“Life is what happens to you while you’re busy making other plans.”
– JOHN L E N N O N
It was a cool October evening in Los Angeles — not quite summer, not quite fall. The sun began to dip behind the industrial buildings that lined the streets of Downtown. As it transitioned from day to night, I began to contemplate the irony of my day ‘on-set.’ I use the term loosely as I tend to shoot with other unconventional artists who embody a similar relaxed approach and finesse. Similarly, we thrive in the fluid and somewhat chaotic unexpectedness of ‘the streets.’
Out here, you can never be entirely sure of what you’re going to get. I guess you could say the same about life. Then again, life imitates art. With that being said, I will preface with the following; this is a story about a plan gone awry. If you can roll with the punches and maybe even color outside the lines, you’ll arrive exactly where you need to be. Somewhere I call PLAN B.
|| P L A N A ||
Plan A involved something like this: A classic Bardot outfit against a french inspired street cafe scene. What we got? A 180 of everything I just said. Well, I was never one to believe in Murphy’s Law. I did however always find comfort in the quote by Lennon, “life is what happens to you while you’re busy making other plans.”
What I think Lennon’s stressing is the importance of being flexible and not resisting life’s plans. As humans, we like structure and predictability to feel secure. Becoming best friends with uncertainty and letting life flow are personal skills worth developing. You may even recall some of your fondest memories happened to be a result of fate or the unexplainable.
With that being said, here we go:
When I began to style a look for my shoot with Ashlyn, I had my head rigidly wrapped around a classic Brigitte Bardot look. Problem was, I couldn’t seem to pull it off with my current wardrobe. Slightly frustrated, I felt my ego creep in and fear began to manifest. I took the uncomfortable feeling as my cue to get quiet and become present. As I stared blankly into my color coordinated closet, a vibrant orange number caught my eye.
I reached for the piece out of curiosity having almost forgotten I owned it. I pulled it out to reveal a 70’s vintage lounge dress in mint condition. I must’ve bought it on one of my thrifting expeditions. As I held it overhead, examining at arms length, I wondered why I had not worn it yet? I threw it on and realized two things:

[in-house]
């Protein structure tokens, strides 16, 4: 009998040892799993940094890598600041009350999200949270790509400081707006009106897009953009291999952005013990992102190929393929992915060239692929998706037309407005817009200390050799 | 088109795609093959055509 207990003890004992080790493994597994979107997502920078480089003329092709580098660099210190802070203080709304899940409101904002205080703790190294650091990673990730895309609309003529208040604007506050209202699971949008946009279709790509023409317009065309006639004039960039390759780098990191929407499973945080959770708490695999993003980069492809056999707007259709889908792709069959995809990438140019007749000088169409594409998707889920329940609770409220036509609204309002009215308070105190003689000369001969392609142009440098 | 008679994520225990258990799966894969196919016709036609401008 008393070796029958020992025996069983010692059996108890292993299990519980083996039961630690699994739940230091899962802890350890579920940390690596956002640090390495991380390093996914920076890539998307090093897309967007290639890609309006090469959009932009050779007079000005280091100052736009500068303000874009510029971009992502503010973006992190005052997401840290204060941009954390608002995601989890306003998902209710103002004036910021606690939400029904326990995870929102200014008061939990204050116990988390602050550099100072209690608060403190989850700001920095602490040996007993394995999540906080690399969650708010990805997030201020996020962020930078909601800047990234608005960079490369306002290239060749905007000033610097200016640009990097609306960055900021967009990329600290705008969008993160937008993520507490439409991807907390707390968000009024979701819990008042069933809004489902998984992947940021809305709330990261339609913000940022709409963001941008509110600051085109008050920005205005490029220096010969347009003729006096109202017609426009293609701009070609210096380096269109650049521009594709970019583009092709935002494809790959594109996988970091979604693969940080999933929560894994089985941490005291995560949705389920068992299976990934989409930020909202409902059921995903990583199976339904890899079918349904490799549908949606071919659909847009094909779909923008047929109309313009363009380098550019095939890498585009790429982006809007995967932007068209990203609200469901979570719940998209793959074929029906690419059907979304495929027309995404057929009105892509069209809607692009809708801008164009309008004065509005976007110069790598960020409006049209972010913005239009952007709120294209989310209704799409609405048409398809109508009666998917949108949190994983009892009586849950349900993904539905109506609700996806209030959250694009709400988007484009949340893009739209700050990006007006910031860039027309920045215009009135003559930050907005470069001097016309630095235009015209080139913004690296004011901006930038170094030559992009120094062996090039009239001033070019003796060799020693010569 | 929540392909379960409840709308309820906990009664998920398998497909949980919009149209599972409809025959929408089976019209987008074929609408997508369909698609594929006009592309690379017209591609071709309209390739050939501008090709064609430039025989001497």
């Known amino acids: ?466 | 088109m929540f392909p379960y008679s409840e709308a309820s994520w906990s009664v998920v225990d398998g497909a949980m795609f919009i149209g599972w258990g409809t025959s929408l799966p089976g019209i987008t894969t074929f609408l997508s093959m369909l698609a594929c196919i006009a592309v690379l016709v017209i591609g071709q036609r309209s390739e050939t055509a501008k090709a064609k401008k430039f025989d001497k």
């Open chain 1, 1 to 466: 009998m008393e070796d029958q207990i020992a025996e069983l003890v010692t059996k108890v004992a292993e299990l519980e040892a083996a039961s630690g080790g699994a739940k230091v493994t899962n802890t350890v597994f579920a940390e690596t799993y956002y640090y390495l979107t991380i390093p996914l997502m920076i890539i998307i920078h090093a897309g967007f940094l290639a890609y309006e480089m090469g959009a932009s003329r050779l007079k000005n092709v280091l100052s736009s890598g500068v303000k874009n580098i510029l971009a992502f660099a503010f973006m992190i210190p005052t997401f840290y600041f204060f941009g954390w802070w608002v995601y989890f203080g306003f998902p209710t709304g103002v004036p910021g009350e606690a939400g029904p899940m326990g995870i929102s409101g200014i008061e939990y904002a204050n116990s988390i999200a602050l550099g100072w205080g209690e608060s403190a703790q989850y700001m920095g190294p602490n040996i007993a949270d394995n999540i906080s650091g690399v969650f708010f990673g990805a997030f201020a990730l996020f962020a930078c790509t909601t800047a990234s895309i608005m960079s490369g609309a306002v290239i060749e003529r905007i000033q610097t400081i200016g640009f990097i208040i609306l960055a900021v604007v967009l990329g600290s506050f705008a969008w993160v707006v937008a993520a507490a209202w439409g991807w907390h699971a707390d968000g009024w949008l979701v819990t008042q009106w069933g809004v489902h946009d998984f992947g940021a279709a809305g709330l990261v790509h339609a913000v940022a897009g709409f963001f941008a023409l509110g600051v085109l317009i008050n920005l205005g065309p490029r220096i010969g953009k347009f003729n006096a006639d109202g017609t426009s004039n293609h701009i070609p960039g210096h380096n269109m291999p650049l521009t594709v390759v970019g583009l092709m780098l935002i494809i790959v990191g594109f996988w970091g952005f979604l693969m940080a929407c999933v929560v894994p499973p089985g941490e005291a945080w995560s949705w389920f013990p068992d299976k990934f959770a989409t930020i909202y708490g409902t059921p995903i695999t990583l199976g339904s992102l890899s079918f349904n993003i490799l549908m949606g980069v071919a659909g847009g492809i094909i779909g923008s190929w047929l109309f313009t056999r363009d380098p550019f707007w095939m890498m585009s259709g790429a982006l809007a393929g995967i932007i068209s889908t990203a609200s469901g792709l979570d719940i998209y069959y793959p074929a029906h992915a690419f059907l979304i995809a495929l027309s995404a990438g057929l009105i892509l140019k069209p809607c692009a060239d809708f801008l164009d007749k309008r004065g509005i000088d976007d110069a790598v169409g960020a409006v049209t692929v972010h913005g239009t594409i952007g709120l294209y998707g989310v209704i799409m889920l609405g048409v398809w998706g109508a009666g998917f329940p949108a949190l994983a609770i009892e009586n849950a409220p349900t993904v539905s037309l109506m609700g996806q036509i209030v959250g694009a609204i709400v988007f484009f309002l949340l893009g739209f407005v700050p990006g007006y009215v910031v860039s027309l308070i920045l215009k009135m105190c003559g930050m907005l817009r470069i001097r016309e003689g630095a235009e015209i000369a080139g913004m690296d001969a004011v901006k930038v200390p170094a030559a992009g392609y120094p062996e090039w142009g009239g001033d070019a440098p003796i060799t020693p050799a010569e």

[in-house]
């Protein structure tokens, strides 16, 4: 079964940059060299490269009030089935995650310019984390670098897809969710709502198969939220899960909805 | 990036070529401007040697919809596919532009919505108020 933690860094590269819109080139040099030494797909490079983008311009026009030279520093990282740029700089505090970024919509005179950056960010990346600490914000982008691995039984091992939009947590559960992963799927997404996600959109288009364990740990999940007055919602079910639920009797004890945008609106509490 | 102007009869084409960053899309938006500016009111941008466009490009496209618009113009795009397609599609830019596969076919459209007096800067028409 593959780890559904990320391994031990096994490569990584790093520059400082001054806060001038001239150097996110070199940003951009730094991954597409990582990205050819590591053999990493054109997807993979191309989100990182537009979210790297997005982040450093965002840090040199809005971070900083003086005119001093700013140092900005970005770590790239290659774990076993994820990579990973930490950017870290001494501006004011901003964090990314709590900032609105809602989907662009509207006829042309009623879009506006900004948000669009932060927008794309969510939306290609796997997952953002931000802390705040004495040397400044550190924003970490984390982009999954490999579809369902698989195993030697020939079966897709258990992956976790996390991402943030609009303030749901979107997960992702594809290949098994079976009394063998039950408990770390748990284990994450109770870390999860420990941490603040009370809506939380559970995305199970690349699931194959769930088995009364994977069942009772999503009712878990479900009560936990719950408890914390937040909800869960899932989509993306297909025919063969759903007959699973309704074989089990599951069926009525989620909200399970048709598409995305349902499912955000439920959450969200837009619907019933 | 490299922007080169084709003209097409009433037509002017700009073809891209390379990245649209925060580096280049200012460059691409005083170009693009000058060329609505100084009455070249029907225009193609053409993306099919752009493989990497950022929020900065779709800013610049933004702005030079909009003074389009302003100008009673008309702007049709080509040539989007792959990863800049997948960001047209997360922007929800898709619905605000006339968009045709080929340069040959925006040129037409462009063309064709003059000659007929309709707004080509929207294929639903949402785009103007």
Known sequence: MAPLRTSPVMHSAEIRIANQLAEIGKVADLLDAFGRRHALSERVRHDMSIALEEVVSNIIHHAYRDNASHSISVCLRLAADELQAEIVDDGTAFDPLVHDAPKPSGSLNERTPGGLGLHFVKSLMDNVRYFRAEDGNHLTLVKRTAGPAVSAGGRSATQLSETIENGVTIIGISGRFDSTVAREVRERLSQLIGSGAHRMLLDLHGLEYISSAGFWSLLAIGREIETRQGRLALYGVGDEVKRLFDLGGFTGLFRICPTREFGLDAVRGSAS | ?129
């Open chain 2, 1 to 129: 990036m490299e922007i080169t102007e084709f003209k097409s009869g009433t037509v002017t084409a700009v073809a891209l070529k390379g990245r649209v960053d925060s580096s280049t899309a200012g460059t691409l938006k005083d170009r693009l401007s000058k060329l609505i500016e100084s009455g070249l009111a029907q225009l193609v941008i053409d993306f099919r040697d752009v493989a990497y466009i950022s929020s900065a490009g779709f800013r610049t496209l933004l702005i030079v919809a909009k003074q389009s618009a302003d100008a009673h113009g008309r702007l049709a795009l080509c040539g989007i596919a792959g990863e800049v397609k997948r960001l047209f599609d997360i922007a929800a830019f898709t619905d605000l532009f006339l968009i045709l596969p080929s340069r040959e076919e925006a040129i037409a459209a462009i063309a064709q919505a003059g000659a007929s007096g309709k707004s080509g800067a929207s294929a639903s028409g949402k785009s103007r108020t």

1. I loved the design and fabric
2. I hated the fit
|| P L A N B ||
So I did what I knew best under such circumstances; I performed a quick (and painless) surgery. I began to re-imagine it. I figured if things go wrong, so be it. If things go right, so be it. And with a few quick snips of my orange Fiskars, I was now the proud owner of a 70’s duster. Excitement rushed over me and without second thought, I threw it on over top my current outfit; a pair of Levi’s and a long-sleeved blouse.
I looked at my reflection in awe, not because of my amazing craftsmanship (because clearly I could use help in that department) but because of the overall look. A strange approach to layering now made complete sense. It was unconventional, funky and best of all, it was me. I’ve learned that mistakes are at times more helpful than harmful.
I met up with Ashlyn just outside the ETO building. We originally had a spot mapped out but much like my original look, it ceased to exist. We walked up to a cafe in a hidden alley illuminated by string patio lights. The gates were locked. In that moment, I heard my dad’s best impersonation of John Candy in National Lampoon’s Vacation echo in my mind, “Sorry folks, park’s closed.” Ashlyn and I look at each other with an encouraging c’est la vie glance and carry on into the unknown.
As we turn the corner, we begin our adventure surprised as we find a bushel of strawberries randomly placed on the sidewalk. The strange encounter made us both laugh and we continued on. I felt as though it was almost placed there for us, a free prop! About 15 feet later, Ashlyn says “Actually, I think I wanna use those.” Without further notice, I pivoted and marched back with a assertive “you read my mind.”
I learned something plain and simple from this entire experience; strawberries are always a good idea. Well, that and sometimes the so called roadblocks are just opportunities to embrace life; to allow life to redirect you instead of you directing it. Sometimes Plan B can be just as sweet if not sweeter than Plan A.
Without making mistakes, we may never explore new terrain or innovate new things. Instead of forcing our free will, we could use it wisely to choose between a life run by ego or a life in tune with a higher intelligence.
As life continues to surprise me and push my boundaries, I’ll make a better point of allowing. Perhaps you may see for yourself that coloring outside the lines is no mistake at all. Perhaps in falling outside the predetermined box, you create a new street worth exploring. For yourself and others.
| FEATURED O U T F I T |
Styled by Morgan Ryan
| FEATURED P H O T O G R A P H Y |